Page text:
According to recent documents filed in court, in the event that disgraced FTX founder Sam Bankman-Fried (also known as SBF) is found guilty of fraud, he will be required to relinquish assets valued at over 700 million dollars.
U.S. federal prosecutor Damian Williams said, in a document that was submitted to the court on January 20, 2019, that the "government respectfully provides notice that the property susceptible to forfeiture" contains a comprehensive list of assets that include fiat currency, shares, and cryptocurrency.
According to the documents, the majority of the assets were taken by the government between January 4 and January 19, while the government is also attempting to lay claim to "all funds and assets" linked to three different accounts on Binance.
When looking at the list of assets that were seized, the largest allocations include 55,273,469 Robinhood (HOOD) shares, which had a market value of approximately $525.5 million at the time this article was written; $94.5 million was held at Silvergate Bank; $49.9 million was held at Farmington State Bank; and $20.7 million was held at ED&F Man Capital Markets, Inc. In this particular incident, the government has requested that the assets in question be forfeited since it believes that these assets were illegally gained via the use of consumer deposits.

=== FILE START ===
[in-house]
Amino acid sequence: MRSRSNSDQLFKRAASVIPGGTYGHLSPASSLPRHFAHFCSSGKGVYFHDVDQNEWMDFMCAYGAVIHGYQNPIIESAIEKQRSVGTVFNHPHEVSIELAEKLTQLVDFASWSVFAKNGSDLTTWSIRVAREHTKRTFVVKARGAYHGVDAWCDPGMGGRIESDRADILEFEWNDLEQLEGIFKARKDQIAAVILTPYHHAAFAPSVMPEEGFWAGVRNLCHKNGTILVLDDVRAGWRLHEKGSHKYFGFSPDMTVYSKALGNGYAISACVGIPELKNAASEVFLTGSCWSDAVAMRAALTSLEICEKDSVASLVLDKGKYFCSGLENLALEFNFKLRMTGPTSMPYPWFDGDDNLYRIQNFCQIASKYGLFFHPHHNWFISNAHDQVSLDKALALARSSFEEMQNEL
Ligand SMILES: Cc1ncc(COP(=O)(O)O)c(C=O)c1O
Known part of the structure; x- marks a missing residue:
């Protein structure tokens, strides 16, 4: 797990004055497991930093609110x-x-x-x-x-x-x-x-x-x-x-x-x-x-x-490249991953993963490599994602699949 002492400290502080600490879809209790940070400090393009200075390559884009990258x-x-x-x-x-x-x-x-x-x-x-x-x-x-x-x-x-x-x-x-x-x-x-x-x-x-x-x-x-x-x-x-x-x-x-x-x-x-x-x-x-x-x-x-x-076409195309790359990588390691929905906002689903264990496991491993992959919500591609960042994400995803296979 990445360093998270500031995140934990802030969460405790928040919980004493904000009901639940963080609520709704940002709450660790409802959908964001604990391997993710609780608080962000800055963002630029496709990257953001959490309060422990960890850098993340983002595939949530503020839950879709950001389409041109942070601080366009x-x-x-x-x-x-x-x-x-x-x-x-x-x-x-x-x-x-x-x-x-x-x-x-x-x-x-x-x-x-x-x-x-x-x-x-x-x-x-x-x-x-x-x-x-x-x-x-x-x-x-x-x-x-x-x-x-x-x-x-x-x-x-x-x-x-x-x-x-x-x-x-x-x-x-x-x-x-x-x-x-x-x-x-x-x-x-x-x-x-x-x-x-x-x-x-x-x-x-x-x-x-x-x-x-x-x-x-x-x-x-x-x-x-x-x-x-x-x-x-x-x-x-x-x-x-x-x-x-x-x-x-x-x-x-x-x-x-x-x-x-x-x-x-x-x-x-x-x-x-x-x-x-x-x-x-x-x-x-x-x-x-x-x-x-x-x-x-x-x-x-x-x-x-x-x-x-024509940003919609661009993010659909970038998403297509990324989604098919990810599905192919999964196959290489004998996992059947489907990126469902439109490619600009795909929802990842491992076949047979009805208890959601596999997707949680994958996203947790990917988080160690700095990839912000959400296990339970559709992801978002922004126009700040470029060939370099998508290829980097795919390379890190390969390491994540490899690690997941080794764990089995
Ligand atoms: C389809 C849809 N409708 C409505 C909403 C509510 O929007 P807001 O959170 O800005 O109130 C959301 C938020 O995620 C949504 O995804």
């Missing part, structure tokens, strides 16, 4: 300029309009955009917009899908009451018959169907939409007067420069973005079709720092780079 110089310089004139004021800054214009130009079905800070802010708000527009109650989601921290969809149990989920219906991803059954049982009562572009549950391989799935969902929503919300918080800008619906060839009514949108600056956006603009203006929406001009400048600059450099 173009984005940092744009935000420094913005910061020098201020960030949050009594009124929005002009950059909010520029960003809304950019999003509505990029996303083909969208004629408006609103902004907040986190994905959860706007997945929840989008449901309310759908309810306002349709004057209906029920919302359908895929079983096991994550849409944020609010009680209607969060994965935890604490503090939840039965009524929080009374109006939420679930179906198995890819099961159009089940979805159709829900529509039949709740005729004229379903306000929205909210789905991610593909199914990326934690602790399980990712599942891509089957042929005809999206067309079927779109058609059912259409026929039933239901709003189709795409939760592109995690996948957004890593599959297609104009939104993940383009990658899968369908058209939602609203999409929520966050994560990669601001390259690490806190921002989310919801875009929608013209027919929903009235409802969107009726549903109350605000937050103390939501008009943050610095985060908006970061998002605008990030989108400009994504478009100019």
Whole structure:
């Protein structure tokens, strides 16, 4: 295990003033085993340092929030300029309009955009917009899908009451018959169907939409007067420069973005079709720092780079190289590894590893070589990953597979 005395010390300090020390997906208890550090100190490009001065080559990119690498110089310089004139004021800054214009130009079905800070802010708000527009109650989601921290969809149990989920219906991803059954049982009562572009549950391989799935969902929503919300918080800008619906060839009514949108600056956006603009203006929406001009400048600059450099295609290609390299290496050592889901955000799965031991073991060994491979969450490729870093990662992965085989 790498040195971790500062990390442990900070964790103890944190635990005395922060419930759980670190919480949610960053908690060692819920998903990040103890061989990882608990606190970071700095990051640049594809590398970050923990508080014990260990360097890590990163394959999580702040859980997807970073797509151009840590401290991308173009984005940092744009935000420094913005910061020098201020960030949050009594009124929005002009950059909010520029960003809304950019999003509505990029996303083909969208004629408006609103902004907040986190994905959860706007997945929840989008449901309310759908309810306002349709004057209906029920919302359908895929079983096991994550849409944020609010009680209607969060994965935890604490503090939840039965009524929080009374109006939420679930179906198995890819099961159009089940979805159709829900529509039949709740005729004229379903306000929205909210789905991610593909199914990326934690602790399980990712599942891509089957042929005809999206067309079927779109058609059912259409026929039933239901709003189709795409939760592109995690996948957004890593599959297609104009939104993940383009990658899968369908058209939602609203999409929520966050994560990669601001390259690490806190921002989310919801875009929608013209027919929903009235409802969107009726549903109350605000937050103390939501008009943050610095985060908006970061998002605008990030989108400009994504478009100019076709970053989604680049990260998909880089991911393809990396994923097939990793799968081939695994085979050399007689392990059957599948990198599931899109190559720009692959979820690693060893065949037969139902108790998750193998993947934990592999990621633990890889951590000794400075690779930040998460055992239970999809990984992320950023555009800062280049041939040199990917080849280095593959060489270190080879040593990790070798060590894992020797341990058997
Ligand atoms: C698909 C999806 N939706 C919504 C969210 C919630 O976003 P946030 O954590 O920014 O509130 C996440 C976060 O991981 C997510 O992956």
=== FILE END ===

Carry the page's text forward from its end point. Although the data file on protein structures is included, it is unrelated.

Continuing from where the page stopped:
Although other members of SBF's inner circle, such as Caroline Ellison and Gary Wang, have confessed and cooperated with prosecutors over their involvement in the failure of FTX, the man himself has entered a not guilty plea to all eight of the criminal counts that have been brought against him.
In other developments pertaining to FTX, a story published on January 18 by the Wall Street Journal (WSJ) revealed improperly aged advertisements that the exchange issued in Africa not too long before it filed for bankruptcy in November.
The campaign in issue promoted USD-pegged stablecoins as more secure investments than local currencies with respect to inflation, while simultaneously advertising the ability to earn 8% annually via staking rewards schemes.
In spite of the fact that those inflation sentiments may generally be true given that African currencies such as the Nigerian naira and the Ghanaian cedi have plummeted against the USD, any African FTX customer who was persuaded by the marketing of the company went on to lose funds when the company went bankrupt.
Pius Okedinachi, a former FTX education lead for Africa, disclosed to the WSJ that the exchange managed over $500 million worth of monthly trading activity in Africa, with the majority of the volume originating from Nigeria.